The macro situation: wanderlust and inflation

Meanwhile, the macro situation is very contradictory for the crypto market. The corona easing changes the preferences, which means that less is invested and more is consumed. For many people, summer vacations, power shopping and dining out mean less speculative capital that can flow into the market. Even apart from the corona situation, the summer months have been rather quiet crypto months in recent years.

At the same time, concerns about inflation are growing, as they have now been confirmed for the real economy for the first time. The USA reported consumer price inflation of 4.2 percent – and the trend is rising. In particular, raw materials and the temporary shortage of supply are able to revive the official inflation that has been long awaited in parts. At the same time, deposit rates will remain at a still low level. The pressure to act is increasing, so that Bitcoin could become more attractive as an inflation protection. At the same time, Bitcoin also correlates strongly with tech stocks, which are more likely to suffer from rising inflation. High inflation is therefore not good for Bitcoin per se. Ultimately, this also increases the likelihood that the central banks will raise interest rates again. A higher interest rate could therefore put pressure on price growth in the financial sector and Bitcoin.

Bitcoin and Altcoins with different perspectives

In contrast to the equity sector, the valuations of cryptocurrencies are much less fundamentally judged and are based primarily on high expectations for the future. In the absence of this confidence, there are few reasons that can support the courses. Accordingly, the altcoins in particular, with their partially still high valuations, could rush further south. With Bitcoin, on the other hand, the situation is slightly different. On the one hand, in contrast to altcoins, there are also many institutional and very wealthy investors among the holders who do not sell during a market panic. The situation is different with small investors, among whom there are a particularly large number of “weak hands”. Bitcoin is also more established than any other crypto currency and has already proven its use case. The recently decreased Bitcoin dominance has such a good chance of increasing again in the next few months.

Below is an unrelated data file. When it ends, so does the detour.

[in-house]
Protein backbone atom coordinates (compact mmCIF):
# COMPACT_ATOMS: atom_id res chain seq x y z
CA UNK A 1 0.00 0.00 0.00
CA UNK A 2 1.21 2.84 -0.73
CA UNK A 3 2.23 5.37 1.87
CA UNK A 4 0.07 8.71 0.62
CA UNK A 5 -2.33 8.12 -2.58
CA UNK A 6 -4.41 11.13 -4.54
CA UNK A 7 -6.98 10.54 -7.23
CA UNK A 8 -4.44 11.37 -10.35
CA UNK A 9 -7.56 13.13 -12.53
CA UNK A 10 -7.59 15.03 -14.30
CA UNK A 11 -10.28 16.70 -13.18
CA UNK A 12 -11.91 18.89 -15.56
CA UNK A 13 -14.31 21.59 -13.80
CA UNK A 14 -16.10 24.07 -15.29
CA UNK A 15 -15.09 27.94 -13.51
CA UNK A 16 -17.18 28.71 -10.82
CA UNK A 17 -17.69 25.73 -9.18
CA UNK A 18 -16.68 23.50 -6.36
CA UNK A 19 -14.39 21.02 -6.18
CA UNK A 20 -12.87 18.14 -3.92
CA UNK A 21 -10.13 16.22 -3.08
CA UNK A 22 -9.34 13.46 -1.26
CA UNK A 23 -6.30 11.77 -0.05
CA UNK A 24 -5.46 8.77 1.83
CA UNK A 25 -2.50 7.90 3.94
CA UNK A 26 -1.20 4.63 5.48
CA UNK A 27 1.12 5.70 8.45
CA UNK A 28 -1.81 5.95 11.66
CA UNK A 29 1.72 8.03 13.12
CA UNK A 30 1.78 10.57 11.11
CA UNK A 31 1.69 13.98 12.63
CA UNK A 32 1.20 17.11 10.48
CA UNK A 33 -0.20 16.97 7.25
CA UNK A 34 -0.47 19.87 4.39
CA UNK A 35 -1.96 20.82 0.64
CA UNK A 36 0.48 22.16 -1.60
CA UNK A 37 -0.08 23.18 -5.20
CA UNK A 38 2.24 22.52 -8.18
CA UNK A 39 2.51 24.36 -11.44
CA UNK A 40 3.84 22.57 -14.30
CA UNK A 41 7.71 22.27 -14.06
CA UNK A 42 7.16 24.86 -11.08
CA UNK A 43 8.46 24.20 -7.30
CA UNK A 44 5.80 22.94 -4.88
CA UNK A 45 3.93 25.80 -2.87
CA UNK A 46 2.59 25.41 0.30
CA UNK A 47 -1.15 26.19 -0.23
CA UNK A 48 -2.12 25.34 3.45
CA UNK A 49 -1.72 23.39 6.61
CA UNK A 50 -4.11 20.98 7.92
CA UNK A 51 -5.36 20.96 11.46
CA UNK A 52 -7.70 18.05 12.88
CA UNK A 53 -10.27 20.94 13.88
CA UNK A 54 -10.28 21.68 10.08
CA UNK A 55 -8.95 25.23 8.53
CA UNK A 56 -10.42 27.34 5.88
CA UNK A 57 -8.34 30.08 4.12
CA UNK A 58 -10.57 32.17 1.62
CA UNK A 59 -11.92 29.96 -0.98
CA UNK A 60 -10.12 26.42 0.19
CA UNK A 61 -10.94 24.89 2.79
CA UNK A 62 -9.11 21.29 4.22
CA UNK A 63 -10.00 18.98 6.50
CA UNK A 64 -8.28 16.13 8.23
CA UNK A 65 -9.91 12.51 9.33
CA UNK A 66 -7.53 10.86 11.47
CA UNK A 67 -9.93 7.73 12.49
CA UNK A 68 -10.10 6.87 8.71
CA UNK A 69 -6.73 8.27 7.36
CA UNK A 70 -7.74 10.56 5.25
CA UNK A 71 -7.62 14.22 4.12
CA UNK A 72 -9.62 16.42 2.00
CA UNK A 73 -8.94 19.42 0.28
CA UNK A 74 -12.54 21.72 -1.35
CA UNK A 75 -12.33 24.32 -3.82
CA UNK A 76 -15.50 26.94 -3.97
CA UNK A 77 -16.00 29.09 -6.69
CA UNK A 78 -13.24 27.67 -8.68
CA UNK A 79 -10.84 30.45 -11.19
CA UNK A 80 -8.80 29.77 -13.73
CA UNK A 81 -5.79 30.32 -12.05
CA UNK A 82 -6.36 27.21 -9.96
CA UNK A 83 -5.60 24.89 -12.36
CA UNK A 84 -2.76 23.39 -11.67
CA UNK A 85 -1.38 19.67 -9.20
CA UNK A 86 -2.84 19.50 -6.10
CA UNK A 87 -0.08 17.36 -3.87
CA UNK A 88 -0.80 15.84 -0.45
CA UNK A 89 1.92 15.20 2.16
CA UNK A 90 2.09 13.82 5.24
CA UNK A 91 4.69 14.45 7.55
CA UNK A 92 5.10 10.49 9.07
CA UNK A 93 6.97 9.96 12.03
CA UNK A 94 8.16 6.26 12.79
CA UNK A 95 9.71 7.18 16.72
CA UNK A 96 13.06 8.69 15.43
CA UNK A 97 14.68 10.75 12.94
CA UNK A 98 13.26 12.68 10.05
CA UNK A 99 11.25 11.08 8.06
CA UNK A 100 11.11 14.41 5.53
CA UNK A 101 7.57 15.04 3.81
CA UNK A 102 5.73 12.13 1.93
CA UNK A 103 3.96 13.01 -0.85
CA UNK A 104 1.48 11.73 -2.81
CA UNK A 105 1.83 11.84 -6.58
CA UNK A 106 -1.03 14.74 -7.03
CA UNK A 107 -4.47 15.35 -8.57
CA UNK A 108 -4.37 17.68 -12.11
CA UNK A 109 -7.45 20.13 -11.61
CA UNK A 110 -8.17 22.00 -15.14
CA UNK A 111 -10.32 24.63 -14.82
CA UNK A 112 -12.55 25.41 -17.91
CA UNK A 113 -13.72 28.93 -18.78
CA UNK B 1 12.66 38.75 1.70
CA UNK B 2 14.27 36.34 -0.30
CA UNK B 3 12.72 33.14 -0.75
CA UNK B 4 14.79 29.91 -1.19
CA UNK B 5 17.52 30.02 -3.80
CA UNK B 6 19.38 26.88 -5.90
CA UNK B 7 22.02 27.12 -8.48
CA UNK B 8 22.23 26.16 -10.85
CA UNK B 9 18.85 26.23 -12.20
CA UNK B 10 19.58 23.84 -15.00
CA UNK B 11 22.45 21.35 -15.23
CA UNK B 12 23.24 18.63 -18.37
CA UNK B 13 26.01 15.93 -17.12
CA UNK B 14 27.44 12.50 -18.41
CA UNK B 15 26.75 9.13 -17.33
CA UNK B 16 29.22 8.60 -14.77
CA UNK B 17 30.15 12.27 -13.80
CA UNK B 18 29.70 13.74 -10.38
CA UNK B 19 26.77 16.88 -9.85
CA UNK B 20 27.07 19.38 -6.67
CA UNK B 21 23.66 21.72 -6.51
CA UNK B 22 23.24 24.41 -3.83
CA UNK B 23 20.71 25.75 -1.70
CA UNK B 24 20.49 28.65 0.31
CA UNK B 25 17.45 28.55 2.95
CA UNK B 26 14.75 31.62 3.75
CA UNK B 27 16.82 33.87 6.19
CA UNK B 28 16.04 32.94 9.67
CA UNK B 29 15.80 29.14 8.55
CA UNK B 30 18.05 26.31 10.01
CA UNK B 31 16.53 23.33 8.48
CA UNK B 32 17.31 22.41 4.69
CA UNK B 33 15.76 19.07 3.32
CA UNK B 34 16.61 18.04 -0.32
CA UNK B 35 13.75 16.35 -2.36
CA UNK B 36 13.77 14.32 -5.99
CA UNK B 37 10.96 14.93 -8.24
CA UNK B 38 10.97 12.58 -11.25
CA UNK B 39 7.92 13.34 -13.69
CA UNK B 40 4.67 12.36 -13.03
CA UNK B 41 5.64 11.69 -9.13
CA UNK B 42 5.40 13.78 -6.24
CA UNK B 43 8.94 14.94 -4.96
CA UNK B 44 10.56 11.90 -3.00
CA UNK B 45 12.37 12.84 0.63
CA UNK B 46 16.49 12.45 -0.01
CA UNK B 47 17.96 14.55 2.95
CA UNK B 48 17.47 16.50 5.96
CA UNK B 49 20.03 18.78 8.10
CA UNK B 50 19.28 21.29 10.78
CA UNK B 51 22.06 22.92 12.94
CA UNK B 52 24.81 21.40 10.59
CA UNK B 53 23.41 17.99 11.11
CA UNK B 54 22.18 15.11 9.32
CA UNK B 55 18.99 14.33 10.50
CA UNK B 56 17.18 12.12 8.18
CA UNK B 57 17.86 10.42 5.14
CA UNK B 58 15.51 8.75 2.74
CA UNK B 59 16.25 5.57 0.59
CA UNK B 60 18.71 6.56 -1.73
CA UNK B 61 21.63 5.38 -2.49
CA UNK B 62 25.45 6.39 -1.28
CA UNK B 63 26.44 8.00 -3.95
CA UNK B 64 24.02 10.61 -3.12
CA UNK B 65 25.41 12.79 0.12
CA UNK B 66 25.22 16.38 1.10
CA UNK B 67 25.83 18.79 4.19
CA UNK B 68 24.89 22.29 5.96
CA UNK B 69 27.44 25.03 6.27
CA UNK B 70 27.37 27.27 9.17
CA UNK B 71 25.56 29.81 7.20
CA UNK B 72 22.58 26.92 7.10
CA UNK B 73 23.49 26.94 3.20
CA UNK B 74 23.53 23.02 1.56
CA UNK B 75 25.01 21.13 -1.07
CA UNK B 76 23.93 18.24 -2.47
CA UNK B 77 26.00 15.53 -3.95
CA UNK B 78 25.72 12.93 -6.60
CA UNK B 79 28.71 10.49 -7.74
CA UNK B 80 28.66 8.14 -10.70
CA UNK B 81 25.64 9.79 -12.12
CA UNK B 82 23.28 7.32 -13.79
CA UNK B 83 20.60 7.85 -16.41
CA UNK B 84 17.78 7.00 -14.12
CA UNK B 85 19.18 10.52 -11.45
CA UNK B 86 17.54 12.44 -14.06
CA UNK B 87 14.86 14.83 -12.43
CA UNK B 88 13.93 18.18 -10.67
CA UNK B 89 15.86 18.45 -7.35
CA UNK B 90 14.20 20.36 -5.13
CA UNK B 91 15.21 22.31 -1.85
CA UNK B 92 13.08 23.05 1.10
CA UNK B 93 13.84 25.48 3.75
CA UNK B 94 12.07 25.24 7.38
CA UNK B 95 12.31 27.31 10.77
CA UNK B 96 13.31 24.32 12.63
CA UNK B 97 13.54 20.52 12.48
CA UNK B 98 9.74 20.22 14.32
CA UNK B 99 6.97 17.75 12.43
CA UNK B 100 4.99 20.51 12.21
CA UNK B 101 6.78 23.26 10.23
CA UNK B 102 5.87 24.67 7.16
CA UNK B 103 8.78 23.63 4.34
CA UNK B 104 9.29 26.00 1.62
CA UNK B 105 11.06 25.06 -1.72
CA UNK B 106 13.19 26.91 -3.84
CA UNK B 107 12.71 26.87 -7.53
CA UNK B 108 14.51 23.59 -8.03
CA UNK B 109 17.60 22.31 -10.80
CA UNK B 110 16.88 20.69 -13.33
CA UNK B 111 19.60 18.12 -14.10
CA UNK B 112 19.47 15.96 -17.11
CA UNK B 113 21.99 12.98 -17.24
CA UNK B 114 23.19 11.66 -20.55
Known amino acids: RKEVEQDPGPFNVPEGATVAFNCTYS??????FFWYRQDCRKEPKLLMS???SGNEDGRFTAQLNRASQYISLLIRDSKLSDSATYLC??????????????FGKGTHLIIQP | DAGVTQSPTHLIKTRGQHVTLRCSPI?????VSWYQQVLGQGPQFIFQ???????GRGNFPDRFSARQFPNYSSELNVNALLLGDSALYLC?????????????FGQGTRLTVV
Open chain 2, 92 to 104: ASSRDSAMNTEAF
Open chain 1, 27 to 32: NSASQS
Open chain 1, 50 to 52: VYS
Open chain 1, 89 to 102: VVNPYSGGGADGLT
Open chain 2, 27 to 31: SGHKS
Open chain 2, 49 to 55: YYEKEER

What are the arguments for a return of the cops?

The fear that there will be a two-year bear market after the bursting of the ICO bubble, as in 2017, is exaggerated. Newer crypto innovations such as DeFi, NFT, security tokens, social tokens, stablecoins, tokenized stocks, etc. have become indispensable and continue to develop, even if prices correct sharply at times. In addition to well-known companies such as Facebook or Microstrategy, which are involved in the crypto sector, the transformation process towards the medium token is also taking place at the state level. Be it digital securities or digital central bank money. This determination and variety of applications simply did not exist in 2017 and 2018. Hot air is currently being let out of the boiler and that’s a good thing.

After a short break and running through the so-called “valley of disappointment”, new impulses can quickly rekindle a rally. Be it the approval of a Bitcoin ETF by the US securities regulator, the entry of a platform giant into Bitcoin or Facebook’s Diem consortium – there are enough reasons for new impulses.

Conclusion

Whether you should sell your cryptocurrencies is, loosely, pretty easy to answer. If you have fundamentally changed your mind about your crypto investments, then you should ask yourself why. Are there rational and fundamental reasons that make you sell or is it just the market sentiment? If you should sell now without being able to rationally justify it, then you have to admit that you probably didn’t buy for rational reasons, but rather chalked up a hype. At least this applies to investors who do not actively trade, but rather have a long-term investment horizon.